“I believe ecomuseums are important because they are closer to the community than the standard museum that usually sets a limit in time,” says Vaillacourt. “We do have a permanent exhibit titled “The Daily Chores” that shows life in the early days of Hearst, from the early 20s to late 40s; we are building a collection of advertising material, calendars, pens, ashtrays, mugs, etc. including USB sticks, all showing the name of a local business or organization; this will be to express the economic activity in town, our second quarter of the town’s history, 1948 to 1972. The third quarter will emphasize the cultural aspect, 1973 to 1997 where local artists started to make their mark in the province. The theme for the forth quarter is not set, Hearst will celebrate its 100th in 2022. We aim to be an “exploded” museum in the sense that it is not a specific place but it is all over town, we try to encourage people to show their history, to be aware of where we came from... and that we are all guardians of our heritage.”
Similarly to the Écomusée du fier monde, the Hearst Ecomuseum has a strong connection to its community through volunteers, being part of local committees such as the Heritage Sawmill Committee and working to better the surrounding community. Vaillancourt says Facebook is one of the ecomuseum’s most effective tools in terms of staying connected to the community.
While the themes and models of each of these ecomuseums differ in many ways, the core concept remains the same. They all work to share a sense of place, both historically and culturally while simultaneously preserving and bettering the community’s quality of life.
Some Canadian provinces have recognized the value of the ecomuseum, like Saskatchewan with their Saskatchewan Ecomuseums Initiative (SEI).6 When ecomuseums began to flourish in Europe, the museum community in Saskatchewan discussed the idea, however as ecomuseums began to develop in other parts of Canada, none cropped up in Saskatchewan. The Royal Saskatchewan Museum called province wide for potential interests in creating an ecomuseum, with over 15 locations responding positively to the idea. In turn, the SEI was formed in 2012. Heritage Canada has also contributed to the push for ecomuseums, initiating research, including three ecomuseum site case studies. In 2013, stakeholders and community leaders attended a workshop in Regina, resulting in an “Ecomuseum Planning Framework” being created. Since these efforts, a number of Saskatchewan ecomuseum projects have moved forward.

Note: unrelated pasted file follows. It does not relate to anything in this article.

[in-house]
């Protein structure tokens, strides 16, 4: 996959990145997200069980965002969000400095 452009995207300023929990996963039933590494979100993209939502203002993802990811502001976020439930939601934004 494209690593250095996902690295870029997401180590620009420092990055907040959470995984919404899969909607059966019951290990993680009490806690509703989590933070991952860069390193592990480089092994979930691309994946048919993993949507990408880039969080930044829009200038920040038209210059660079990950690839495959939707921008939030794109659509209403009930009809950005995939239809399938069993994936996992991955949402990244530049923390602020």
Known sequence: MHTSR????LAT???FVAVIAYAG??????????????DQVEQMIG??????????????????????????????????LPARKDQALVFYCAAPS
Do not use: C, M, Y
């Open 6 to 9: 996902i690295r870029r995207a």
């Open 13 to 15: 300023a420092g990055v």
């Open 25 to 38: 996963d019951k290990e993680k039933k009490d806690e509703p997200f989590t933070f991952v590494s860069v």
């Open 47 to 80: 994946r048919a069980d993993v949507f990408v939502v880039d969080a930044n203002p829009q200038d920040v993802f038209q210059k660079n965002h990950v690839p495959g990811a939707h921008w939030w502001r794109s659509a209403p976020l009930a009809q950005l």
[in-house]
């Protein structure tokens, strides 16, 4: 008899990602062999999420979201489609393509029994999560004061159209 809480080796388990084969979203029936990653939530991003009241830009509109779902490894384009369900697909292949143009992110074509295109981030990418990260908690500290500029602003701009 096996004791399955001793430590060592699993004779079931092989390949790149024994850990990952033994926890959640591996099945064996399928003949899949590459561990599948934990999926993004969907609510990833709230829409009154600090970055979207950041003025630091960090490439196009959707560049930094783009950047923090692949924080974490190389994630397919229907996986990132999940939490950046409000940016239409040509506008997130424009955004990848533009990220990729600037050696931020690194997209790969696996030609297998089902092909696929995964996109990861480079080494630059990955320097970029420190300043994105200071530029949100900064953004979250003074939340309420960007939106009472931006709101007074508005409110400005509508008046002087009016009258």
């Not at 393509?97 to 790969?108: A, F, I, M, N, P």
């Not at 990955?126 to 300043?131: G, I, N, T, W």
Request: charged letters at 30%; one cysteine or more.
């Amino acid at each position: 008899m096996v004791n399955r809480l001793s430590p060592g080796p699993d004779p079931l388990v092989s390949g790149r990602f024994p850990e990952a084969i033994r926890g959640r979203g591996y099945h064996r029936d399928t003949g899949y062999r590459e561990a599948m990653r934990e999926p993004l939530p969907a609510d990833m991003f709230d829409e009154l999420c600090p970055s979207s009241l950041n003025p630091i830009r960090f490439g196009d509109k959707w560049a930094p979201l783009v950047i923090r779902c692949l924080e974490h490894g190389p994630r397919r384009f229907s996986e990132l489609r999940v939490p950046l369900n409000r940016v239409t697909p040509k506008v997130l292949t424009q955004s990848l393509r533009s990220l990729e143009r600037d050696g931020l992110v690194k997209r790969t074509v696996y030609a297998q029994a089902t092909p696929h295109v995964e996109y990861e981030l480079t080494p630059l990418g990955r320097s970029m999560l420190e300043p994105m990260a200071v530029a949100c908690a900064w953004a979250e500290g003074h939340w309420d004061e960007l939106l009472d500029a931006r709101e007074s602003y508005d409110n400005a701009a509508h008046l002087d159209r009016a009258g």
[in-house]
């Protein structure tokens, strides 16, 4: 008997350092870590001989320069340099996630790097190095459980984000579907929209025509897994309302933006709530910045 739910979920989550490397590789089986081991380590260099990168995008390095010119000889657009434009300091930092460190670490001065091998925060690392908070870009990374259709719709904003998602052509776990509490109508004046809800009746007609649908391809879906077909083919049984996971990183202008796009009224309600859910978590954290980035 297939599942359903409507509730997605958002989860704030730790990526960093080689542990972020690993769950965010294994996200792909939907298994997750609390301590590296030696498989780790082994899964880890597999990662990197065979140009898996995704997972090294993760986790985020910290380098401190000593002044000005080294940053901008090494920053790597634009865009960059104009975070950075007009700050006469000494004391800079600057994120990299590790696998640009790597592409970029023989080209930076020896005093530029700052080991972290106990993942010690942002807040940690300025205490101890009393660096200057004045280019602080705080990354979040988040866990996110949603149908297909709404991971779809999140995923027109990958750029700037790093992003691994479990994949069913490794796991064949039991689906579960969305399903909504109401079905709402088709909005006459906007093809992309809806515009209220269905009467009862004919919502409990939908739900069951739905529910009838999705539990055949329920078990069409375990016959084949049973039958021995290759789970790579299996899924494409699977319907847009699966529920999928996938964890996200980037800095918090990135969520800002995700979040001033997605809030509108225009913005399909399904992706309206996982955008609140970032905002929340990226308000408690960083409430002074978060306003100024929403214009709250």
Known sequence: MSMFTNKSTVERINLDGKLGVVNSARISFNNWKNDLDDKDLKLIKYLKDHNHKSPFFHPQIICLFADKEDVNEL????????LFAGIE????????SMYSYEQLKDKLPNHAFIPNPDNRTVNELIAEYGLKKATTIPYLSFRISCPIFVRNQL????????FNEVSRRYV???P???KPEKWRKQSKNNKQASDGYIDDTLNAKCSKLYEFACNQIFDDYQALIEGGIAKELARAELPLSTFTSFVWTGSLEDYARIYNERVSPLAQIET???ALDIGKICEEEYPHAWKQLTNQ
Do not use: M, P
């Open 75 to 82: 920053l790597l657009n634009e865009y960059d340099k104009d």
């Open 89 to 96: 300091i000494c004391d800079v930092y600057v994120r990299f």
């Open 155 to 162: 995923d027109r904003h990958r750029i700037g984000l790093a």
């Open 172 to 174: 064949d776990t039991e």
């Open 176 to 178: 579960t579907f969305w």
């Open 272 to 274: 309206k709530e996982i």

One of the most impressive projects to come from this initiative is Val Marie, Saskatchewan’s Prarie Wind & Silver Sage Ecomuseum (PWSS). PWSS Ecomuseum started as a small museum, which was revised in 2012 as an ecomuseum after receiving funding from SaskCulture. PWSS Ecomuseum is very much still a work in progress, but it is working to conserve the native Prairie landscape and appreciate Prairie culture and its natural history as it works with the themes of landscape, wildlife, ranching and night skies.
The concept of the ecomuseum, while strong in some Canadian provinces, is still constantly growing and evolving. While the concept of the ecomuseum is a relatively young one, there is no doubt this celebration and preservation of the sense of place will continue to grow and expand in North America.
Molly Kett is a freelance reporter, with particular interest in print and television journalism. She is a recent graduate of Carleton University’s School of Journalism, with a minor in history and English. She’s an avid reader, tea drinker and globetrotter.
|This museological report has been made possible through funding from the Government of Canada. This report was also published in Muse Magazine, September/October issue, 2016|